Another member name Todd from GSresources offered his garage while I was in Prince George, so I called him and met up with him in Beaverton. He took me out to lunch to a Hawaiian joint and I stuffed myself with kalua pig. Man that was good. He performed some surgery on the front forks to straighten the bend I had in it along with drilling another hole in my broken windshield and I was on my way. Todd is a canny navigator and every time he gave me a direction, it was right on. Thanks to his gift, I found my way out of the wine country and toward the coast quickly but wetly.
The Oregon coast is a phenomenal place, 800 miles of sand and giant rocks coming out of the ocean, with little towns scattered all along the way. Speed limit is 55 at the most and I don’t like it but the scenery makes up the difference.
After Beaverton, I stayed with my couch surfing host, Corrina in Otis for two nights. She was the only person in the area on the site and I was lucky to be her guest. A non-profit environmentalist, she lives in a cute house nested into the woods of country side with 13 chickens and a cool cat. She made a killer dinner of fish and pasta with fresh vegetables and I devoured the whole skillet.
The next evening I worked with the Lincoln City Food Pantry and got to get more familiar with the Food Bank system in Oregon. My observations are mixed as it was very much like the other food banks I’ve visited and volunteered; it lacked the educational infrastructure.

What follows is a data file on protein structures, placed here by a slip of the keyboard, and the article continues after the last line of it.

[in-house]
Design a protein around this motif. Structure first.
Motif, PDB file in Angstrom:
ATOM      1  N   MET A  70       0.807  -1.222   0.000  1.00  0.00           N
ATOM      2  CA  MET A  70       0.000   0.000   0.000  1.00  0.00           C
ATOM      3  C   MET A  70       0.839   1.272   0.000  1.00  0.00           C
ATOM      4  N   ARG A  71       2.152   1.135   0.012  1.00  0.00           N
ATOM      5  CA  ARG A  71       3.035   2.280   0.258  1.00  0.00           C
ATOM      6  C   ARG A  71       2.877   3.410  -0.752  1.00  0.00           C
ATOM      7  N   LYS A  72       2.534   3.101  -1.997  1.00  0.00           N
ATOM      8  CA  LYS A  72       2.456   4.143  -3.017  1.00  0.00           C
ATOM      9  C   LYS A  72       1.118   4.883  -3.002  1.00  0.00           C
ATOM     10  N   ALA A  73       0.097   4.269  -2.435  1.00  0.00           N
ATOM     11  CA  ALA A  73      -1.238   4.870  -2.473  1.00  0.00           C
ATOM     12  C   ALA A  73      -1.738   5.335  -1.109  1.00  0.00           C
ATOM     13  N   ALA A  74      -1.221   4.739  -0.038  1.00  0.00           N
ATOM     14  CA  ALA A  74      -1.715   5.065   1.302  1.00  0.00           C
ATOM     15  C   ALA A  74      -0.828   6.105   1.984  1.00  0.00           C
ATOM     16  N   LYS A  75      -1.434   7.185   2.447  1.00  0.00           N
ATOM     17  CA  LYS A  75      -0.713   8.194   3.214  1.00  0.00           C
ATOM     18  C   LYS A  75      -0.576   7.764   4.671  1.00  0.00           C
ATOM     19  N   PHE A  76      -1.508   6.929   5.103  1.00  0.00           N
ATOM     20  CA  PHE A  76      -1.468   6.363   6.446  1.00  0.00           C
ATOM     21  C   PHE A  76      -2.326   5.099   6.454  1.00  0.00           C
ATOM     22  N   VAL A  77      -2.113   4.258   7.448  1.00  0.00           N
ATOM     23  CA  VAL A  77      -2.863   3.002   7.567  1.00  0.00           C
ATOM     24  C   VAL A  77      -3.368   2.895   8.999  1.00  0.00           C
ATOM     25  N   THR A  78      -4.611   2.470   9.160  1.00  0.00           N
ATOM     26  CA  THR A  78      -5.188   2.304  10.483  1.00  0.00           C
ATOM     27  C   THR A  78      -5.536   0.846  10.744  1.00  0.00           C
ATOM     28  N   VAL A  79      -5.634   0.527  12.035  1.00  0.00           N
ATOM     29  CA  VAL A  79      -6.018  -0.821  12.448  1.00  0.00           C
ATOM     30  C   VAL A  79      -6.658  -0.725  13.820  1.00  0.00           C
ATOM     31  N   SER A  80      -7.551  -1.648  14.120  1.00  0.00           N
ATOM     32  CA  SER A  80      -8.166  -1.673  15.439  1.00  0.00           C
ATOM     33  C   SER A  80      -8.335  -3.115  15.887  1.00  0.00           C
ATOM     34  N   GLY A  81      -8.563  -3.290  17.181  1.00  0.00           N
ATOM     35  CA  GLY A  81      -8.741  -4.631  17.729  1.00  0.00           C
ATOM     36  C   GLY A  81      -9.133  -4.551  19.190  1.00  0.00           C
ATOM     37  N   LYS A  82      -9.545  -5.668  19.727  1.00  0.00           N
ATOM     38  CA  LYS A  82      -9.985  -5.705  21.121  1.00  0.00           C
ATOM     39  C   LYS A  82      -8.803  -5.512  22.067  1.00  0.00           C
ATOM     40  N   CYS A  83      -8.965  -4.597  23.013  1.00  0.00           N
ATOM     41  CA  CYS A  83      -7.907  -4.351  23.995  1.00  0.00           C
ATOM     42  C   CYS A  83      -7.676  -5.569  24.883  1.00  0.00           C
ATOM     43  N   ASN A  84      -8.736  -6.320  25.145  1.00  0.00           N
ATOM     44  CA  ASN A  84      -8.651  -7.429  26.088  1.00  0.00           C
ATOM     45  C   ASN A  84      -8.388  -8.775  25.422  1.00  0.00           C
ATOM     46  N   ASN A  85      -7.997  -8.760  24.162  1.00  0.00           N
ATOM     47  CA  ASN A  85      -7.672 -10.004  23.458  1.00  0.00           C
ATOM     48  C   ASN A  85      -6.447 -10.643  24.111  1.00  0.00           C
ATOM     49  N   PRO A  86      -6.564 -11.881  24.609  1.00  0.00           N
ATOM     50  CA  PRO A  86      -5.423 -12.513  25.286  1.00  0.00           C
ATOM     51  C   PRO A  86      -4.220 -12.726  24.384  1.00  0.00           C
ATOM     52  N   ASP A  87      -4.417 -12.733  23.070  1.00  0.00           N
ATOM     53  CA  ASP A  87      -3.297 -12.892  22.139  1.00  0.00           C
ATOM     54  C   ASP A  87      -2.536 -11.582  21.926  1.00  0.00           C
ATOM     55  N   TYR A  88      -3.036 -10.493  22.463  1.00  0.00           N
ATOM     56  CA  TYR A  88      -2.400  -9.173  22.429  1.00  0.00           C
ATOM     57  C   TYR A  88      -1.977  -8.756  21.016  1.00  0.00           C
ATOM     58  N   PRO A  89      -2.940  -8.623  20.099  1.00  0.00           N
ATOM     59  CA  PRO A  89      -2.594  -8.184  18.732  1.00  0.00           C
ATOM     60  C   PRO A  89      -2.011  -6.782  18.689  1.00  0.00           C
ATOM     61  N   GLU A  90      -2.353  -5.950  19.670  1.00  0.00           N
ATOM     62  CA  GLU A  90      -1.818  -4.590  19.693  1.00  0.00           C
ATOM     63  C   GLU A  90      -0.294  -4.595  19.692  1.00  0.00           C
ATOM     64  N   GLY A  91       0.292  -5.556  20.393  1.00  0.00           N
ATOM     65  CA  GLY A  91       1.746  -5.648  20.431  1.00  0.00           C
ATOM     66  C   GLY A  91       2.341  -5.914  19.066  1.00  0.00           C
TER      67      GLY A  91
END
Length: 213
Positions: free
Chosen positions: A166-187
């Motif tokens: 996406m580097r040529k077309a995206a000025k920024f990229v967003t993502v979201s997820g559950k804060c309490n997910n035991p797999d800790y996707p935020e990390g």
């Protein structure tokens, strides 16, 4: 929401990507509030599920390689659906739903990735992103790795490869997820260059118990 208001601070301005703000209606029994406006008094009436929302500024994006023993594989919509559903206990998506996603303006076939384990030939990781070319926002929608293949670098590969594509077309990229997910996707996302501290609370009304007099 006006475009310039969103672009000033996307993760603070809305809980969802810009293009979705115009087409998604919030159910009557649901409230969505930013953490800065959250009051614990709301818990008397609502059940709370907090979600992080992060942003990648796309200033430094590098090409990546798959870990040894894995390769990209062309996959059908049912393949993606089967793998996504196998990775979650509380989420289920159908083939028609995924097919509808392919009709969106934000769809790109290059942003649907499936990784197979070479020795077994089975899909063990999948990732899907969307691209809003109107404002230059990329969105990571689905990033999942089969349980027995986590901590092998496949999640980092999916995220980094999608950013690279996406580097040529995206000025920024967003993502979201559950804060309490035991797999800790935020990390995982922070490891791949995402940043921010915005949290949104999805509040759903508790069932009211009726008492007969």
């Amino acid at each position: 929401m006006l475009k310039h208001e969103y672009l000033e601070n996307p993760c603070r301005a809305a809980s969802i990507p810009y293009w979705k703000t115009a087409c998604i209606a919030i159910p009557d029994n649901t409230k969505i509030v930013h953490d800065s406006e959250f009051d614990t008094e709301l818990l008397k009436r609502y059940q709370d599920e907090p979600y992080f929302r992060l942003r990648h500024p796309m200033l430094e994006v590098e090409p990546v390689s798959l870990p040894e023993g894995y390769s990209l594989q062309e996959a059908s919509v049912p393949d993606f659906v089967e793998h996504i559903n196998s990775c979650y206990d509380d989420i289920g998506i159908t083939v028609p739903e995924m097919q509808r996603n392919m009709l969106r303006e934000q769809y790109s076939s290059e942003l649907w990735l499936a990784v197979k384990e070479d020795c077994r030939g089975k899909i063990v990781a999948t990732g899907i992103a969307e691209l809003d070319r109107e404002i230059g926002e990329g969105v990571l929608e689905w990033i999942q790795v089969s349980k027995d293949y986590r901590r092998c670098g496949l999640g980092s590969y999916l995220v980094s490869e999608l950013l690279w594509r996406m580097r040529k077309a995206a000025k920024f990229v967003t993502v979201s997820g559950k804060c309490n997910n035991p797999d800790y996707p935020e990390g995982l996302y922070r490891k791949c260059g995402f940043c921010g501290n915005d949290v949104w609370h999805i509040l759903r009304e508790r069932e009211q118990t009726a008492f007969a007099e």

With shelves full of food, it is sad to witness people coming in and stacking up on unhealthy garbage and passing up on the fresh produce they had to offer. There was only one lady who picked up an apple in 3 hours that I was there and I had to take a picture of it.
Feeding without providing education is wasting resources. As simple as that. Food education is something we are lacking and there has not been a serious attempt to make it a reality. Let’s try cooking sessions in churches one Sunday out of the month. I’m sure God would be fine with that.
In the year 2009, the obesity rate finally caught up to the hunger figures. According to United Nations, there are 1.1 billion people worldwide who are suffering from hunger and the exact number hold true for obesity. Of course there is no relation whatsoever between these two phenomenon and you would be a communist if you ever made one.
In our own country, we have an obesity rate of over 30%! That means that out of every 3 people, one weighs as much as the other two, and what do we do? We switch to Diet-Coke instead of the regular Coke! They are the two ends of the same spectrum; poverty. Have you ever wondered why George clooney doesn’t weigh 400lbs but the guy in the trailer park down the road does? Education and healthy diet is the answer. Education and healthy diet is the answer. When you are on food stamps, you don’t pick the healthiest food, you pick the most filling one.